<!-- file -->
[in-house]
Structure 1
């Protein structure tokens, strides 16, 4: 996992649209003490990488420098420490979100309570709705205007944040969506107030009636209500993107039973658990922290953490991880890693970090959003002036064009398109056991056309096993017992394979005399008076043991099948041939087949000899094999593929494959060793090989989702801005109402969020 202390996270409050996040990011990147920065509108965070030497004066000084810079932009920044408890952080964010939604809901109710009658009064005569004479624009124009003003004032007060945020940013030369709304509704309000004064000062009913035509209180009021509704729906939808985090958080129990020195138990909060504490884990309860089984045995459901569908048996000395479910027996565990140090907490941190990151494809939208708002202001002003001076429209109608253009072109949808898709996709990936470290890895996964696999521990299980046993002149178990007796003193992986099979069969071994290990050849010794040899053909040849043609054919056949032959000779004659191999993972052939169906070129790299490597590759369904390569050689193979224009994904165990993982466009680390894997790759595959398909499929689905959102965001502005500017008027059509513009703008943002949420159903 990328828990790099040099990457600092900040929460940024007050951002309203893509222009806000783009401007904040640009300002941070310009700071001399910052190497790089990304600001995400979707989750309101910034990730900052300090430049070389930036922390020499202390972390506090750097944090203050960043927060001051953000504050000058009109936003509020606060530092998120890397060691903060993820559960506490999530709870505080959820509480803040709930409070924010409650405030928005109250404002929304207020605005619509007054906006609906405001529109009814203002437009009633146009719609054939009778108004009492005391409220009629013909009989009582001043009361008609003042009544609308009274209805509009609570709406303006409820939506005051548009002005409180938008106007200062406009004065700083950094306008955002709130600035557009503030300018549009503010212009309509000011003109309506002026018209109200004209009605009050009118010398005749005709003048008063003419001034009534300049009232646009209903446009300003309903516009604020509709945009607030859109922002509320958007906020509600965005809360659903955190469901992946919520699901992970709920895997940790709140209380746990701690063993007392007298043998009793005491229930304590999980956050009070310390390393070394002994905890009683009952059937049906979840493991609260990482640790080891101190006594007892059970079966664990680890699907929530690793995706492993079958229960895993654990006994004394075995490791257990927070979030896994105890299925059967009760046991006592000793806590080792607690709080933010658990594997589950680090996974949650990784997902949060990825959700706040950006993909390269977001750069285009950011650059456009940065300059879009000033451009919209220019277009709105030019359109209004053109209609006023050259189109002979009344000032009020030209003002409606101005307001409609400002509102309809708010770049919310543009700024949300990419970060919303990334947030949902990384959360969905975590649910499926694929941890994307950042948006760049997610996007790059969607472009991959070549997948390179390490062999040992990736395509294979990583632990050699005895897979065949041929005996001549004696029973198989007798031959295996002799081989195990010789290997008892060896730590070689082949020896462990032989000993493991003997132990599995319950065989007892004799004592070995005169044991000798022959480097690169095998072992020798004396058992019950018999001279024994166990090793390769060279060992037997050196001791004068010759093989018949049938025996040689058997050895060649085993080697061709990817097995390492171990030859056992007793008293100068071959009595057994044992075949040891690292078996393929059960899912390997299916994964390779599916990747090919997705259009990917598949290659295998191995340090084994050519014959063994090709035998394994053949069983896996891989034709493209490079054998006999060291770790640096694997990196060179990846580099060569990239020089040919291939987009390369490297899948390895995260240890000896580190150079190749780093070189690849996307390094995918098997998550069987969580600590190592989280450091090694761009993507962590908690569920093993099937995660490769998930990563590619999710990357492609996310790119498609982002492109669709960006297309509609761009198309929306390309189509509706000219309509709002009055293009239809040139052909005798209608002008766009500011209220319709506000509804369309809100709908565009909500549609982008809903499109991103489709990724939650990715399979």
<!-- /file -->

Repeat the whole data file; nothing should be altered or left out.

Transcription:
[in-house]
Structure 1
């Protein structure tokens, strides 16, 4: 996992649209003490990488420098420490979100309570709705205007944040969506107030009636209500993107039973658990922290953490991880890693970090959003002036064009398109056991056309096993017992394979005399008076043991099948041939087949000899094999593929494959060793090989989702801005109402969020 202390996270409050996040990011990147920065509108965070030497004066000084810079932009920044408890952080964010939604809901109710009658009064005569004479624009124009003003004032007060945020940013030369709304509704309000004064000062009913035509209180009021509704729906939808985090958080129990020195138990909060504490884990309860089984045995459901569908048996000395479910027996565990140090907490941190990151494809939208708002202001002003001076429209109608253009072109949808898709996709990936470290890895996964696999521990299980046993002149178990007796003193992986099979069969071994290990050849010794040899053909040849043609054919056949032959000779004659191999993972052939169906070129790299490597590759369904390569050689193979224009994904165990993982466009680390894997790759595959398909499929689905959102965001502005500017008027059509513009703008943002949420159903 990328828990790099040099990457600092900040929460940024007050951002309203893509222009806000783009401007904040640009300002941070310009700071001399910052190497790089990304600001995400979707989750309101910034990730900052300090430049070389930036922390020499202390972390506090750097944090203050960043927060001051953000504050000058009109936003509020606060530092998120890397060691903060993820559960506490999530709870505080959820509480803040709930409070924010409650405030928005109250404002929304207020605005619509007054906006609906405001529109009814203002437009009633146009719609054939009778108004009492005391409220009629013909009989009582001043009361008609003042009544609308009274209805509009609570709406303006409820939506005051548009002005409180938008106007200062406009004065700083950094306008955002709130600035557009503030300018549009503010212009309509000011003109309506002026018209109200004209009605009050009118010398005749005709003048008063003419001034009534300049009232646009209903446009300003309903516009604020509709945009607030859109922002509320958007906020509600965005809360659903955190469901992946919520699901992970709920895997940790709140209380746990701690063993007392007298043998009793005491229930304590999980956050009070310390390393070394002994905890009683009952059937049906979840493991609260990482640790080891101190006594007892059970079966664990680890699907929530690793995706492993079958229960895993654990006994004394075995490791257990927070979030896994105890299925059967009760046991006592000793806590080792607690709080933010658990594997589950680090996974949650990784997902949060990825959700706040950006993909390269977001750069285009950011650059456009940065300059879009000033451009919209220019277009709105030019359109209004053109209609006023050259189109002979009344000032009020030209003002409606101005307001409609400002509102309809708010770049919310543009700024949300990419970060919303990334947030949902990384959360969905975590649910499926694929941890994307950042948006760049997610996007790059969607472009991959070549997948390179390490062999040992990736395509294979990583632990050699005895897979065949041929005996001549004696029973198989007798031959295996002799081989195990010789290997008892060896730590070689082949020896462990032989000993493991003997132990599995319950065989007892004799004592070995005169044991000798022959480097690169095998072992020798004396058992019950018999001279024994166990090793390769060279060992037997050196001791004068010759093989018949049938025996040689058997050895060649085993080697061709990817097995390492171990030859056992007793008293100068071959009595057994044992075949040891690292078996393929059960899912390997299916994964390779599916990747090919997705259009990917598949290659295998191995340090084994050519014959063994090709035998394994053949069983896996891989034709493209490079054998006999060291770790640096694997990196060179990846580099060569990239020089040919291939987009390369490297899948390895995260240890000896580190150079190749780093070189690849996307390094995918098997998550069987969580600590190592989280450091090694761009993507962590908690569920093993099937995660490769998930990563590619999710990357492609996310790119498609982002492109669709960006297309509609761009198309929306390309189509509706000219309509709002009055293009239809040139052909005798209608002008766009500011209220319709506000509804369309809100709908565009909500549609982008809903499109991103489709990724939650990715399979």